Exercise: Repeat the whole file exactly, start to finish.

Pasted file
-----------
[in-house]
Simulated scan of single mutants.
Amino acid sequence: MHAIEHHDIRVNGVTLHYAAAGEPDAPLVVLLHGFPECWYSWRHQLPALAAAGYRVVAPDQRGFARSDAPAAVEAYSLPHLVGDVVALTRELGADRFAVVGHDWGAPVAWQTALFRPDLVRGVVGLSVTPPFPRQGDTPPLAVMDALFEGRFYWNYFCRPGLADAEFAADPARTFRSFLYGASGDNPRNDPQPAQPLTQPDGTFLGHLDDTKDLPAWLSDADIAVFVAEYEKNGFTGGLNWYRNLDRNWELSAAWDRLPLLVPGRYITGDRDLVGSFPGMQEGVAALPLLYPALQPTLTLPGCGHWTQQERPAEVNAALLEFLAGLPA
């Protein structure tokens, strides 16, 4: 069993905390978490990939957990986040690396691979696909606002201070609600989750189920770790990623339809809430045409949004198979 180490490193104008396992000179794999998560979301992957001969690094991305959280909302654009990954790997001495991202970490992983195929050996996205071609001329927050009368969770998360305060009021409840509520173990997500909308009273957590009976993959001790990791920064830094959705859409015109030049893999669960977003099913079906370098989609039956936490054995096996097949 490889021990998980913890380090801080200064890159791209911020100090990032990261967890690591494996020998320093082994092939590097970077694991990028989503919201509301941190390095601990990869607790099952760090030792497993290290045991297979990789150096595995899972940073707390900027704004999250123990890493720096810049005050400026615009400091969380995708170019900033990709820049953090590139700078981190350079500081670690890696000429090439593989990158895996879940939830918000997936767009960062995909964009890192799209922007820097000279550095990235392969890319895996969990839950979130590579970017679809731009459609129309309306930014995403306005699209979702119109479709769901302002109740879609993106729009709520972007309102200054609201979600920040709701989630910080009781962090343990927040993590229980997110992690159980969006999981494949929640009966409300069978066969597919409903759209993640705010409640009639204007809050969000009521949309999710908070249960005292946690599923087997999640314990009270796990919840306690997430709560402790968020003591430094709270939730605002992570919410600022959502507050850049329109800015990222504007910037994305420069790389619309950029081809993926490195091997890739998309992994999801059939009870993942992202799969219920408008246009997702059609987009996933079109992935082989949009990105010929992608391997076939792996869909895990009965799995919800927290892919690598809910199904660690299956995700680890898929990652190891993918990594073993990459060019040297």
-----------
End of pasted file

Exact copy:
[in-house]
Simulated scan of single mutants.
Amino acid sequence: MHAIEHHDIRVNGVTLHYAAAGEPDAPLVVLLHGFPECWYSWRHQLPALAAAGYRVVAPDQRGFARSDAPAAVEAYSLPHLVGDVVALTRELGADRFAVVGHDWGAPVAWQTALFRPDLVRGVVGLSVTPPFPRQGDTPPLAVMDALFEGRFYWNYFCRPGLADAEFAADPARTFRSFLYGASGDNPRNDPQPAQPLTQPDGTFLGHLDDTKDLPAWLSDADIAVFVAEYEKNGFTGGLNWYRNLDRNWELSAAWDRLPLLVPGRYITGDRDLVGSFPGMQEGVAALPLLYPALQPTLTLPGCGHWTQQERPAEVNAALLEFLAGLPA
């Protein structure tokens, strides 16, 4: 069993905390978490990939957990986040690396691979696909606002201070609600989750189920770790990623339809809430045409949004198979 180490490193104008396992000179794999998560979301992957001969690094991305959280909302654009990954790997001495991202970490992983195929050996996205071609001329927050009368969770998360305060009021409840509520173990997500909308009273957590009976993959001790990791920064830094959705859409015109030049893999669960977003099913079906370098989609039956936490054995096996097949 490889021990998980913890380090801080200064890159791209911020100090990032990261967890690591494996020998320093082994092939590097970077694991990028989503919201509301941190390095601990990869607790099952760090030792497993290290045991297979990789150096595995899972940073707390900027704004999250123990890493720096810049005050400026615009400091969380995708170019900033990709820049953090590139700078981190350079500081670690890696000429090439593989990158895996879940939830918000997936767009960062995909964009890192799209922007820097000279550095990235392969890319895996969990839950979130590579970017679809731009459609129309309306930014995403306005699209979702119109479709769901302002109740879609993106729009709520972007309102200054609201979600920040709701989630910080009781962090343990927040993590229980997110992690159980969006999981494949929640009966409300069978066969597919409903759209993640705010409640009639204007809050969000009521949309999710908070249960005292946690599923087997999640314990009270796990919840306690997430709560402790968020003591430094709270939730605002992570919410600022959502507050850049329109800015990222504007910037994305420069790389619309950029081809993926490195091997890739998309992994999801059939009870993942992202799969219920408008246009997702059609987009996933079109992935082989949009990105010929992608391997076939792996869909895990009965799995919800927290892919690598809910199904660690299956995700680890898929990652190891993918990594073993990459060019040297």